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Home Preliminary and Final Decisions Revolution Organics, Limited Partnership v. A/Deputy Director, Regional Ope...
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Date
December 5, 2017
Act
File Numbers

2017-EMA-004
2017-EMA-012

Decision Numbers

2017-EMA-004(c)
2017-EMA-012(b)

Third Parties
Disposition
[PRELIMINARY APPLICATION - APPEALS ALLOWED]
Links

Decision Date: December 5, 2017

Panel: Alan Andison

Keywords: Environmental Management Act – s. 99, ; permit; composting facility; public notice; preliminary application; appealable decision; costs

This preliminary application involved two appeals filed by Revolution Organics Limited Partnership (“Revolution”). In August 2016, Revolution applied for a permit from the Ministry of Environment (the “Ministry”) that would authorize the introduction of waste into the environment from its existing compost operation located near Lytton, BC (the “Facility”). Revolution submitted its permit application “under protest”, as Revolution was of the view that its Facility does not discharge waste and that it already held an approval from the Ministry for the Facility.

Revolution’s first appeal was against a February 2017 decision (the “February Decision”) of the Ministry’s Acting Deputy Director, Environmental Management Act (the “Acting Director”). The February Decision advised Revolution of deficiencies or defects in Revolution’s proposed public notice associated with its permit application, and set out corrections and imposed timelines for posting the notice. The Board had found that those portions of the February Letter constituted an appealable “decision” under section 99 of the Environmental Management Act (the “Act”) (Decision No. 2017-EMA-004(a)).

The second appeal (Appeal No. 2017-EMA-012) was against a September 2017 decision (the “September Decision”) issued by the Ministry’s Director, Environmental Management Act (the “Director”). The Board had found that the only substantive decision in the September Decision was an extension of the timelines set in the February Decision (Decision No. 2017-EMA-012(a)).

As a preliminary matter with respect to both appeals, the Acting Director and the Director, collectively, requested that the Board dismiss portions of the appeals on the basis that:

(1) a portion of the appeal against the February Decision was filed after the expiry of the 30-day deadline for appeals, because that portion of the February Decision were originally communicated to Revolution in a July 2016 letter from the Ministry; and

(2) alternatively, some of the issues raised by the appeals could be disposed of as part of the preliminary application, with any remaining issues to be decided during a subsequent appeal hearing.

The portion of the appeal that the Directors contended was filed too late was Revolution’s contention that: 1) the Facility does not discharge waste; and, 2) the Facility has a prior approval. Similarly, the issues that the Directors sought to have decided in the preliminary application were: 1) whether the Directors erred by determining that the Facility does, or would, discharge waste for the purposes of the Act and its regulations; and 2) whether the Directors erred by determining that Revolution did not already hold an “approval” from the Ministry in respect of the Facility.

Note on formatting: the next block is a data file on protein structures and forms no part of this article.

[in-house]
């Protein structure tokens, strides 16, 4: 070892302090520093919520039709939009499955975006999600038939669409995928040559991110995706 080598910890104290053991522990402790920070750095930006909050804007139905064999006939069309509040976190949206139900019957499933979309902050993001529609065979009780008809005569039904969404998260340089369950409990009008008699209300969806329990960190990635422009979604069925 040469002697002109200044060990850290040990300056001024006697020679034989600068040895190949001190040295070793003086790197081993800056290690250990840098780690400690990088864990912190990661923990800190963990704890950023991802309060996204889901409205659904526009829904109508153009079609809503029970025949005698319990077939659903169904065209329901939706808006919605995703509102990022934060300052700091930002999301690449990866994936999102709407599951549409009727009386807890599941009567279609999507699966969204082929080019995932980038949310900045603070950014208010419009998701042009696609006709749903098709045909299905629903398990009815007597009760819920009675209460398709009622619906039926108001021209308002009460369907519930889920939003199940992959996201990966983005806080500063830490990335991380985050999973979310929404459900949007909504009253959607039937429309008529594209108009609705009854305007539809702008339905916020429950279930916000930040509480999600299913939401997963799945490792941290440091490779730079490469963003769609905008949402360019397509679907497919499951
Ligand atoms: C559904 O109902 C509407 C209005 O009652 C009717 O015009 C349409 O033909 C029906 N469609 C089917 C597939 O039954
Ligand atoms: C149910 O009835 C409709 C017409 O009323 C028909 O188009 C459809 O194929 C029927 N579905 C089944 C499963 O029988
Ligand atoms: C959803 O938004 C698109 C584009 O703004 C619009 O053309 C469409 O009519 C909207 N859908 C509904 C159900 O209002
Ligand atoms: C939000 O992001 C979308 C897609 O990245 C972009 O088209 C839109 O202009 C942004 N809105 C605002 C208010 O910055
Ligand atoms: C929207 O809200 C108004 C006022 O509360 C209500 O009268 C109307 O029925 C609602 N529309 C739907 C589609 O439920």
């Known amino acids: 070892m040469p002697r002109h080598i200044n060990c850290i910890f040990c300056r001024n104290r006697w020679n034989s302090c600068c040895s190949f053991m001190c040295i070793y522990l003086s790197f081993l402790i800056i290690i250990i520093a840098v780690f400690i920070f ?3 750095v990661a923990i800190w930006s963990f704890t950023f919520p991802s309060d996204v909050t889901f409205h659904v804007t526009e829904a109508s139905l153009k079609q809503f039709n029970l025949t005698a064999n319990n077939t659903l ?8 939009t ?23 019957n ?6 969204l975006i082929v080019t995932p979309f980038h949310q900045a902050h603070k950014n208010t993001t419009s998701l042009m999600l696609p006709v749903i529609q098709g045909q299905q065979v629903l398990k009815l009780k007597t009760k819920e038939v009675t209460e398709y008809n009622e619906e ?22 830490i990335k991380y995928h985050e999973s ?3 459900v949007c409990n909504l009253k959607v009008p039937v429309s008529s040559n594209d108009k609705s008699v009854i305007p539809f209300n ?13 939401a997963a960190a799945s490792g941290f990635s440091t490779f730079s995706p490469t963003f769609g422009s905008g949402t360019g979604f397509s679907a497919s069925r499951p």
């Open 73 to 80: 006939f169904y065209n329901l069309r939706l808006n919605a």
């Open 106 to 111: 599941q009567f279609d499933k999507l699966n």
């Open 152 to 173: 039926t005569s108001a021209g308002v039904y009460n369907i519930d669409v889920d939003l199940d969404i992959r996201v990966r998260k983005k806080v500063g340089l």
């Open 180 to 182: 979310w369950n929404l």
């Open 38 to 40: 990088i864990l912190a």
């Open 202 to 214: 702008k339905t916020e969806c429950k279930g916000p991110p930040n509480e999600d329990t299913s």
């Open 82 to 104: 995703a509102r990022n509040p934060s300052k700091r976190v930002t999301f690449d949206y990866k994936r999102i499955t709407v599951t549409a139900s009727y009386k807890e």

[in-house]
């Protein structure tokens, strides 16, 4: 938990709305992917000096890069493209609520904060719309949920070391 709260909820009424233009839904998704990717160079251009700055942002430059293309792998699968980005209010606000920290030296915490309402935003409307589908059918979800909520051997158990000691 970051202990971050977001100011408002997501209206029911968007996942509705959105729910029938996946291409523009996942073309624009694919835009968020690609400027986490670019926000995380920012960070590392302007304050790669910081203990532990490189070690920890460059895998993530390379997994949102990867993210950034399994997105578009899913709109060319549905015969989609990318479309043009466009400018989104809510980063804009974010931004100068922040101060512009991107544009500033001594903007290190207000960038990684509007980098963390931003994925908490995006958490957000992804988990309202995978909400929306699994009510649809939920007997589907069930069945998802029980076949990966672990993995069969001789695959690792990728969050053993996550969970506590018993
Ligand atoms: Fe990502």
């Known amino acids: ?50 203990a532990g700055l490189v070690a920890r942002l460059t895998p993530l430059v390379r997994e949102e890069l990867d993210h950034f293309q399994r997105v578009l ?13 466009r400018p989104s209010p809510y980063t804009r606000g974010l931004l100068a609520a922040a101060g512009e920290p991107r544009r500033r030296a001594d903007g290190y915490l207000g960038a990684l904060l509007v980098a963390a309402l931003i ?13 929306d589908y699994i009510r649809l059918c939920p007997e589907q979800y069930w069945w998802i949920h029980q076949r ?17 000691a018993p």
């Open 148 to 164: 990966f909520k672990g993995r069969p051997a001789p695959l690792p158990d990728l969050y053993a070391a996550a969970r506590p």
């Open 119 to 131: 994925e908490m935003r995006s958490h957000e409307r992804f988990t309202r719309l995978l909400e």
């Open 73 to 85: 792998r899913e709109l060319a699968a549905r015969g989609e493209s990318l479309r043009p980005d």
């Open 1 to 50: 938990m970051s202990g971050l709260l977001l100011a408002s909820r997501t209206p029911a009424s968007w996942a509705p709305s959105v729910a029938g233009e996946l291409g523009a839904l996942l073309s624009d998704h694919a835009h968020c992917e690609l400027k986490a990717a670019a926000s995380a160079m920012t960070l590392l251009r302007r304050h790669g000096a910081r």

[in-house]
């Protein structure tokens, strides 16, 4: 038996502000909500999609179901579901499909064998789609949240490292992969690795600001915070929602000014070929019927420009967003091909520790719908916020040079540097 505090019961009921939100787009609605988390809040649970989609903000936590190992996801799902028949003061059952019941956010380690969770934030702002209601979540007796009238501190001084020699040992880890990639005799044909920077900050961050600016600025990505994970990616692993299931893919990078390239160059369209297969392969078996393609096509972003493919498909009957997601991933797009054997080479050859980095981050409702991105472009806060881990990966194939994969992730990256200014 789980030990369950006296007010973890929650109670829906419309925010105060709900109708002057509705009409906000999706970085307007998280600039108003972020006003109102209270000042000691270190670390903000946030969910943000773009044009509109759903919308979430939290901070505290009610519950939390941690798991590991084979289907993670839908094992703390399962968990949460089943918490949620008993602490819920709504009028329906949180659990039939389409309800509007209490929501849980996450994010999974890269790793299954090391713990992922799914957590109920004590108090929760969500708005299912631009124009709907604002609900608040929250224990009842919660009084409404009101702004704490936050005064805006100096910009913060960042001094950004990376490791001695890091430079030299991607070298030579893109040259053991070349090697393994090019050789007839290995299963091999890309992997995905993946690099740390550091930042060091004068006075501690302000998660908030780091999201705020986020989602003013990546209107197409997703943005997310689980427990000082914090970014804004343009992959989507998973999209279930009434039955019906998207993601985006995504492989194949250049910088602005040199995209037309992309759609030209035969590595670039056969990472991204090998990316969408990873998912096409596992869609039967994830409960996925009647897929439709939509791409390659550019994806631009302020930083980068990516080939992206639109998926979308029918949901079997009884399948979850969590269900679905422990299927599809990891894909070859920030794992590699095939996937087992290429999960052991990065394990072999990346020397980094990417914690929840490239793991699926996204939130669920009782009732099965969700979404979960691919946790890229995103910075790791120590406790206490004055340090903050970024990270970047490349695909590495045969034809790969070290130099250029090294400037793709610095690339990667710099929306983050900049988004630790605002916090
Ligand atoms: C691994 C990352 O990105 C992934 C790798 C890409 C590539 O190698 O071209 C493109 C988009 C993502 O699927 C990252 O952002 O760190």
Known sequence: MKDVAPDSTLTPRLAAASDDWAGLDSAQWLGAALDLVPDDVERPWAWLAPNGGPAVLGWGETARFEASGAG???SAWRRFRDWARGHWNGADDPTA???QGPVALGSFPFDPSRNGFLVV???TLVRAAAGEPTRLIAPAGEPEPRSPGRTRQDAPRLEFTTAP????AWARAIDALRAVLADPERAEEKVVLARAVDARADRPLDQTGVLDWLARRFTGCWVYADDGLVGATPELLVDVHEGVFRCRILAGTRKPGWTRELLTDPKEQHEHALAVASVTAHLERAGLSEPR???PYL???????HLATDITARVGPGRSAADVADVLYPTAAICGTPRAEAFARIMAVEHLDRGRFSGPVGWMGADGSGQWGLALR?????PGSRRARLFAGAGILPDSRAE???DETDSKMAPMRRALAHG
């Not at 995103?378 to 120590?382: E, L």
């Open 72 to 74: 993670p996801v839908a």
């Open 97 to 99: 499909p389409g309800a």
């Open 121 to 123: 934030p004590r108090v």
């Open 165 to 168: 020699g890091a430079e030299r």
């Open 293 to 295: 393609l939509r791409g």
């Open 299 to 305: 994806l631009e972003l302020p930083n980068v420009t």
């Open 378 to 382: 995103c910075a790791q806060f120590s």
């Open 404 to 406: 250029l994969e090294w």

Revolution submitted that the preliminary application ought to be denied, and sought an order that the Directors pay its costs in relation to the preliminary application.

Although the Directors claimed that these parts of the February Decision were appealable “decisions” under section 99 of the Act which were appealed too late, the Board noted that it had previously found (Decision No. 2017-EMA-004(a)) that the appealable “decisions” in the February Decision consisted of the requirements imposed on Revolution regarding the content and timelines for posting notice of its permit application. Thus, the portion of the appeal against the February Decision that the Directors claimed was appealed too late was not actually the “decision” under appeal. Rather, it consisted of grounds for appeal that raised questions of mixed law and fact regarding the Directors’ authority to make the decisions under appeal. Given that the Board had not, and did not, find that these were appealable “decisions”, the Board denied the Directors’ application to strike these portions of the appeals.

Regarding the Directors’ application to decide certain issues as part of the preliminary application, the Board noted that Revolution objected to deciding these issues separately from the other issues raised by the appeals. The Board found that these issues were of significant importance to Revolution’s appeals, and there was a lack of consensus amongst the parties regarding the facts underlying these issues. In these circumstances, the Board decided that the issues should be heard at the same time as the remaining issues, based upon a full evidentiary record. Accordingly, the Board denied the Directors’ application to have these issues decided as part of the preliminary application.

Finally, regarding Revolution’s application for costs, the Board found that it was premature and any application for costs should be made at the conclusion of the hearing on the merits of the appeal.

In summary, the Board denied the Directors’ preliminary applications, and denied Revolution’s application for costs.